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  • Linear Motion Mechanism For Clean Energy Cheaper Than Coal

    Discussion in 'The main mechanical design forum' started by Jigar Patel, Jul 8, 2014.

    1. Jigar Patel

      Jigar Patel Member

      Nov 2012
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      You can see linear motion. It is different. I apply force on second slider using first slider.First slider is not moving exactly with the second slider. First slider moves little bit and help to move second slider 6 times length at 70 % force. You can find detail research description and videos at http://mechanicalresearch.info/
      Last edited by a moderator: Jun 17, 2016
    3. Lochnagar

      Lochnagar Well-Known Member

      Feb 2011
      Likes Received:
      Hi Jigar,

      I am sorry to tell you that you haven't "developed" anything new - or revolutionary - let me explain by giving you a simple example.

      If you take a simple chain drive - with lets say 10 teeth on the driving sprocket (and an input torque of 50Nm @ 60 revs per minute) - and lets say 20 teeth on the driven sprocket. Lets assume a chain drive efficiency of 90%.

      Then we have:-

      Input power = 50 (Nm) x (60 x 2 x pi / 60)(rads/s) = 314 Watts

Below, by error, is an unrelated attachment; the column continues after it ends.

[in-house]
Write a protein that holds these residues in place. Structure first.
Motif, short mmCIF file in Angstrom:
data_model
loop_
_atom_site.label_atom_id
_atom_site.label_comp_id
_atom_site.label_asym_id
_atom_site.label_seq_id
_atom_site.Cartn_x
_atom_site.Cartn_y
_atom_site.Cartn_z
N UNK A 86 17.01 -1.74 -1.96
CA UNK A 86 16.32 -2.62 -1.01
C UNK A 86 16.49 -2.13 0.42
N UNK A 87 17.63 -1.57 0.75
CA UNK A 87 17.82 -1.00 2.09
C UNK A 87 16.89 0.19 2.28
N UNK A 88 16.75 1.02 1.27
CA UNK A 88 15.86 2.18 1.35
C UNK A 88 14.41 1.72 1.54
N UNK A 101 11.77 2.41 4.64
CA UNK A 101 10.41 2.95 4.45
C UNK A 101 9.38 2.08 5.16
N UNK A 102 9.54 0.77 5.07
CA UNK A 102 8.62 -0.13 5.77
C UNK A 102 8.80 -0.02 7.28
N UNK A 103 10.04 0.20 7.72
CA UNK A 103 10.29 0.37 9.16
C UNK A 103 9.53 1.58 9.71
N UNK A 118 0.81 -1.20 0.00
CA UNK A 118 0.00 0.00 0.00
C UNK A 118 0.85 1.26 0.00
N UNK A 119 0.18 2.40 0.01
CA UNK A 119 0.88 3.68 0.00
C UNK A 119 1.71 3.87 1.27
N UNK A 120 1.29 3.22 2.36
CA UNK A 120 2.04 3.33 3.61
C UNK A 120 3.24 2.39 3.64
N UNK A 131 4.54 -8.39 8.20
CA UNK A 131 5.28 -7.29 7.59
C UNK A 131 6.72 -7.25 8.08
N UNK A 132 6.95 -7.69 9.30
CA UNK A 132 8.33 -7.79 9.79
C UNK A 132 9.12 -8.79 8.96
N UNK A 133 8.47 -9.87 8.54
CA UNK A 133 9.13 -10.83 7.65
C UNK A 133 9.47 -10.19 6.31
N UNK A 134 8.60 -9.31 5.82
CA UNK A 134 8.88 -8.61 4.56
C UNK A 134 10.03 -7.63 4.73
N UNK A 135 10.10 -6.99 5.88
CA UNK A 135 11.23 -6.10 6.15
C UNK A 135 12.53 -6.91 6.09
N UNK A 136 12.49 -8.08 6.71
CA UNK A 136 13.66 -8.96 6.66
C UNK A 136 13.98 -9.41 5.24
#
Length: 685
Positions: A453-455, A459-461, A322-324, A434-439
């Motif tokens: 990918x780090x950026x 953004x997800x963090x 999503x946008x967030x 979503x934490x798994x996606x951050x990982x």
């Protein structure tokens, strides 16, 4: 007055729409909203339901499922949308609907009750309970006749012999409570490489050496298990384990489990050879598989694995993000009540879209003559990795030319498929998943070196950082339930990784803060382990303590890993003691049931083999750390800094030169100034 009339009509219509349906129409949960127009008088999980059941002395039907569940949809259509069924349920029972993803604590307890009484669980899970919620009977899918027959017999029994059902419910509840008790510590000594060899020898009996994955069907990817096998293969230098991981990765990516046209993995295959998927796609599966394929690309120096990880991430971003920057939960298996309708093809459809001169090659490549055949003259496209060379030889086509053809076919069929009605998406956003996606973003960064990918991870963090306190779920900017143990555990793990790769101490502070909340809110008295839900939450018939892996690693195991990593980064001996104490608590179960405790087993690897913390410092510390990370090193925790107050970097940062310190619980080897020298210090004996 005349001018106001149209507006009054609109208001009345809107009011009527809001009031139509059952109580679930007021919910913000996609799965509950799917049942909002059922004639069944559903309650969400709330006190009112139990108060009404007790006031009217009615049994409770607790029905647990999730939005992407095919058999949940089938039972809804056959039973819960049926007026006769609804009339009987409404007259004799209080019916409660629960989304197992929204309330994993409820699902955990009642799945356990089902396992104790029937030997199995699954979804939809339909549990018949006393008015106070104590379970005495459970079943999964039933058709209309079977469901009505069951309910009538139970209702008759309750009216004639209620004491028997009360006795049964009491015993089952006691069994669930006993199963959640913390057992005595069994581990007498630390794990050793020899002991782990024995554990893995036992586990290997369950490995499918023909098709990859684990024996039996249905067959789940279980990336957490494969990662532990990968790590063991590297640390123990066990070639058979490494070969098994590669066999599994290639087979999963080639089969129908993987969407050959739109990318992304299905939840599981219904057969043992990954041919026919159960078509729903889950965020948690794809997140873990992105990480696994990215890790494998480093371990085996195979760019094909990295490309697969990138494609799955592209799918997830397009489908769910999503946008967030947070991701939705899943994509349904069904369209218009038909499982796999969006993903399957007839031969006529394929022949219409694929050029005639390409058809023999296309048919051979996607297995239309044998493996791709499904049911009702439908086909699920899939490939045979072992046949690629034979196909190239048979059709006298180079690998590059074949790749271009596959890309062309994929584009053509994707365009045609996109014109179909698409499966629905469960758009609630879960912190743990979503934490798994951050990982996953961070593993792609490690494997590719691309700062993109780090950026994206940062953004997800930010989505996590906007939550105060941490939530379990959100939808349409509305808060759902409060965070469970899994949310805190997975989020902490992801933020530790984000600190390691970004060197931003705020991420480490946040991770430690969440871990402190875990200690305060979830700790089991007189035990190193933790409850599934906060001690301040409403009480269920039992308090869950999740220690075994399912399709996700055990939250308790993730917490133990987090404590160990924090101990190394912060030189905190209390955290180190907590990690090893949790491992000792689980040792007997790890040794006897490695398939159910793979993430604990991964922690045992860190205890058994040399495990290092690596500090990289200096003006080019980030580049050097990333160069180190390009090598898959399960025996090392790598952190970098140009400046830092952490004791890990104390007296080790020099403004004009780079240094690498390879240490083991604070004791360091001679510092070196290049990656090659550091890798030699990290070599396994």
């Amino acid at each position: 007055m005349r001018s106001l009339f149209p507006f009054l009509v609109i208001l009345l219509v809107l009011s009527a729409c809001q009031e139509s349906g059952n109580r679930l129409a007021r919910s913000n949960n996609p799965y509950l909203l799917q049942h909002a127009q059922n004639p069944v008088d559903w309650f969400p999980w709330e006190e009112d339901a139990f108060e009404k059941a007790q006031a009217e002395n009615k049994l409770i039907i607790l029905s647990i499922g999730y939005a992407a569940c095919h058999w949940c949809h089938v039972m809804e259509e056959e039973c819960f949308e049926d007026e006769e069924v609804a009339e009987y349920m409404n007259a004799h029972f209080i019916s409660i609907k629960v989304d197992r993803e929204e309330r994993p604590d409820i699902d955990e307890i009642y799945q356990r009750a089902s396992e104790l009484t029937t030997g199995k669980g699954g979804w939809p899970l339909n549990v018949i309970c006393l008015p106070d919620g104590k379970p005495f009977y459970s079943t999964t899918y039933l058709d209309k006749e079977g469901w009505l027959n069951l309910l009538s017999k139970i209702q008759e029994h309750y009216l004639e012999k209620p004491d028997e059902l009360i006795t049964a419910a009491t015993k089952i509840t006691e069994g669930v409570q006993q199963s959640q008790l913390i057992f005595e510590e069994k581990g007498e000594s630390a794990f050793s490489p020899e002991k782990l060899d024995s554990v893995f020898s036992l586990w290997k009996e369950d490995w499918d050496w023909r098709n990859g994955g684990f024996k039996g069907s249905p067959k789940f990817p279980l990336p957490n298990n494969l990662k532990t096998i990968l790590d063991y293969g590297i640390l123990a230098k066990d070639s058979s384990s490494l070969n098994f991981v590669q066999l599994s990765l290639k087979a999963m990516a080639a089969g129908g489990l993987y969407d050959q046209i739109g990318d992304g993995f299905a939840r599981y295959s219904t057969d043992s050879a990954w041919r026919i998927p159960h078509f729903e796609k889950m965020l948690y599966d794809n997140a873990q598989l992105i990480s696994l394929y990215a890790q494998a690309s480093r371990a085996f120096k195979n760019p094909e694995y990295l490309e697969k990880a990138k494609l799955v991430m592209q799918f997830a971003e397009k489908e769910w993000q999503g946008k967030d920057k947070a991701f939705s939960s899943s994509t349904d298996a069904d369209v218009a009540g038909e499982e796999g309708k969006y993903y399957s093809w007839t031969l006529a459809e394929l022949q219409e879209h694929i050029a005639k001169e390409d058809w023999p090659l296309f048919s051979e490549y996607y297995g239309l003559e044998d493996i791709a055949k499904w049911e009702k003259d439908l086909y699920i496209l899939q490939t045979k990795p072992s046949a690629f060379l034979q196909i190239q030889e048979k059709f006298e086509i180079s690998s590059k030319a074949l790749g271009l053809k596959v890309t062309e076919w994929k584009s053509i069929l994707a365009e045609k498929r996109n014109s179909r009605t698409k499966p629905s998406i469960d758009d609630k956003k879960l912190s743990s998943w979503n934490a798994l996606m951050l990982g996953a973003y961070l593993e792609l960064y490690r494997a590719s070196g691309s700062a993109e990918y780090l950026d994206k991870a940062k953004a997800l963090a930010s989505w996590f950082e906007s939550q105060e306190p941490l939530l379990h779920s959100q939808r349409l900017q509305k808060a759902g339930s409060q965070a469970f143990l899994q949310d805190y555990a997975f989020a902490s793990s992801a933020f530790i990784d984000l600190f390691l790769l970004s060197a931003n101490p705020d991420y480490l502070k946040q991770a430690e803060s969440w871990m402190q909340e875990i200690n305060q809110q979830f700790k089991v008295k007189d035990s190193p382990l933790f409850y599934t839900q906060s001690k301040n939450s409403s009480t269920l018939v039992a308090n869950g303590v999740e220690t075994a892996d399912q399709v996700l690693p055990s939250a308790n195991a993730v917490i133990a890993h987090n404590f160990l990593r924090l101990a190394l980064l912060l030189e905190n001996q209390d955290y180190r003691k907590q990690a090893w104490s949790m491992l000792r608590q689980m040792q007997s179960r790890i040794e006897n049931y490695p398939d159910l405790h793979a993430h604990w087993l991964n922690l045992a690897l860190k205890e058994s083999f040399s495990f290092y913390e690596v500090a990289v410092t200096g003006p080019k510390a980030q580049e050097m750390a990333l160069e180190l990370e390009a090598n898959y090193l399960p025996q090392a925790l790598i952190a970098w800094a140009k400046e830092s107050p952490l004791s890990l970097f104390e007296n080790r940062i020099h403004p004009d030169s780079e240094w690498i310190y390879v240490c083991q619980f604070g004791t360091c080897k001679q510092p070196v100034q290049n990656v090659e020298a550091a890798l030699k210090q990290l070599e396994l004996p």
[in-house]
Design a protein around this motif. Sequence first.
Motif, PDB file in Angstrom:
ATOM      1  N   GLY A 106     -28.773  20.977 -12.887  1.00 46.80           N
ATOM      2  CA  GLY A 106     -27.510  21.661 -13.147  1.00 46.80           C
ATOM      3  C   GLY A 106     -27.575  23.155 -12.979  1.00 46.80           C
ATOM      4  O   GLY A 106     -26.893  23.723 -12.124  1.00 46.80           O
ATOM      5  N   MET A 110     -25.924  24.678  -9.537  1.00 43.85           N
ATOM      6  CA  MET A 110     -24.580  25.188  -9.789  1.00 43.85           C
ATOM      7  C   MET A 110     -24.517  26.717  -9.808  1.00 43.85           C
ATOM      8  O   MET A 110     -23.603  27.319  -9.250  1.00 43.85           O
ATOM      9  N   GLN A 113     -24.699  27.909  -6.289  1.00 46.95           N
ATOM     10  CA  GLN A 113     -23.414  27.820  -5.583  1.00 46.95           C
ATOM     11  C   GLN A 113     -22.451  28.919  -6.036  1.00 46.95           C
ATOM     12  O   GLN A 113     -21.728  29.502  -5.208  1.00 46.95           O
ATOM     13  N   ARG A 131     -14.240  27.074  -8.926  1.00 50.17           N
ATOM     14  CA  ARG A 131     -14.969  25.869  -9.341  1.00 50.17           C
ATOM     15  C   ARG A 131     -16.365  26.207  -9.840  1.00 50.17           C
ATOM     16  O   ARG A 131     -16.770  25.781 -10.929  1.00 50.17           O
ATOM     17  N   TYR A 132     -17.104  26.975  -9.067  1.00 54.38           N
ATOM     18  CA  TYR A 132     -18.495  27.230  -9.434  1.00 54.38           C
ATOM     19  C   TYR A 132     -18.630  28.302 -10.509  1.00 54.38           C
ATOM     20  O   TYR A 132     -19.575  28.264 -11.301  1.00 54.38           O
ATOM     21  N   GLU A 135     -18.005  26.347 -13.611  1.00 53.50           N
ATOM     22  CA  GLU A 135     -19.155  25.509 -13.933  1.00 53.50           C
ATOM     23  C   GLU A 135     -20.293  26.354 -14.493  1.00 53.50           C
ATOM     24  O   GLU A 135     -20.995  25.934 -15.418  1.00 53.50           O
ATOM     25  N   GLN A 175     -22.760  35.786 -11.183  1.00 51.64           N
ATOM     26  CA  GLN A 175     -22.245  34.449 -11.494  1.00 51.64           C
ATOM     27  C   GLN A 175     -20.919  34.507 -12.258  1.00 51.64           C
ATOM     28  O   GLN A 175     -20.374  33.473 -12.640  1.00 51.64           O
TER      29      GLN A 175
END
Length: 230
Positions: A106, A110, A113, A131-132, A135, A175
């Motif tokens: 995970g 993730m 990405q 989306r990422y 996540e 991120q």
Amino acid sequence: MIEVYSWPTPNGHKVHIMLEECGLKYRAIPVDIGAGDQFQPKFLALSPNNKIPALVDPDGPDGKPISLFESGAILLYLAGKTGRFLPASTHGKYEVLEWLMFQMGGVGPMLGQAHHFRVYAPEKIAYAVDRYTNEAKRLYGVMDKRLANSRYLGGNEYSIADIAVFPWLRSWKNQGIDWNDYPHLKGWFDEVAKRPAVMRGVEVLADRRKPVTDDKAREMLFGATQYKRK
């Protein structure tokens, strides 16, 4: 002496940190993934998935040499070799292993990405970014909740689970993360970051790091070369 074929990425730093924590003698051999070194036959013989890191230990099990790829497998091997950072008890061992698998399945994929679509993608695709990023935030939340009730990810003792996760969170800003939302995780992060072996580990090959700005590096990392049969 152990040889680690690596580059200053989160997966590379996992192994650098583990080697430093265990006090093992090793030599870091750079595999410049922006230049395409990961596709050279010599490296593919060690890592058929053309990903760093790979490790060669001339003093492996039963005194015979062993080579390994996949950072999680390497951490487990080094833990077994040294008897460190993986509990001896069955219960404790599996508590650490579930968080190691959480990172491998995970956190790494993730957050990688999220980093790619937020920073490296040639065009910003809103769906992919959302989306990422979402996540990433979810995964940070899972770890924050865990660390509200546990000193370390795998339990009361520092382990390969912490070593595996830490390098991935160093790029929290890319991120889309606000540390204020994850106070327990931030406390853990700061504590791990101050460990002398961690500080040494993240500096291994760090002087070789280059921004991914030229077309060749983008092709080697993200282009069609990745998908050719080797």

Output torque = 50(Nm) x (20 / 10) x 0.9 (efficiency) = 90 Nm

      Output speed = 60(rpm) / (20 / 10) = 30 rpm

      Output power = 90 (Nm) x (30 x 2 x pi /60)(rads/s) = 282.6 Watts

      So as you can see above - the output power is 90% of the input power.

      What you have done - is worked out that you have a mechanism that gives you torque multiplication (just like the chain drive above gives you torque multiplication) - but that doesn't give you a system that gives you more power out - as illustrated above.

      The bottom line is simple (which you should remember from university) - which is the conservation of energy principle - which in simple terms means you can't get more energy out than you put in.

      Hope this helps.

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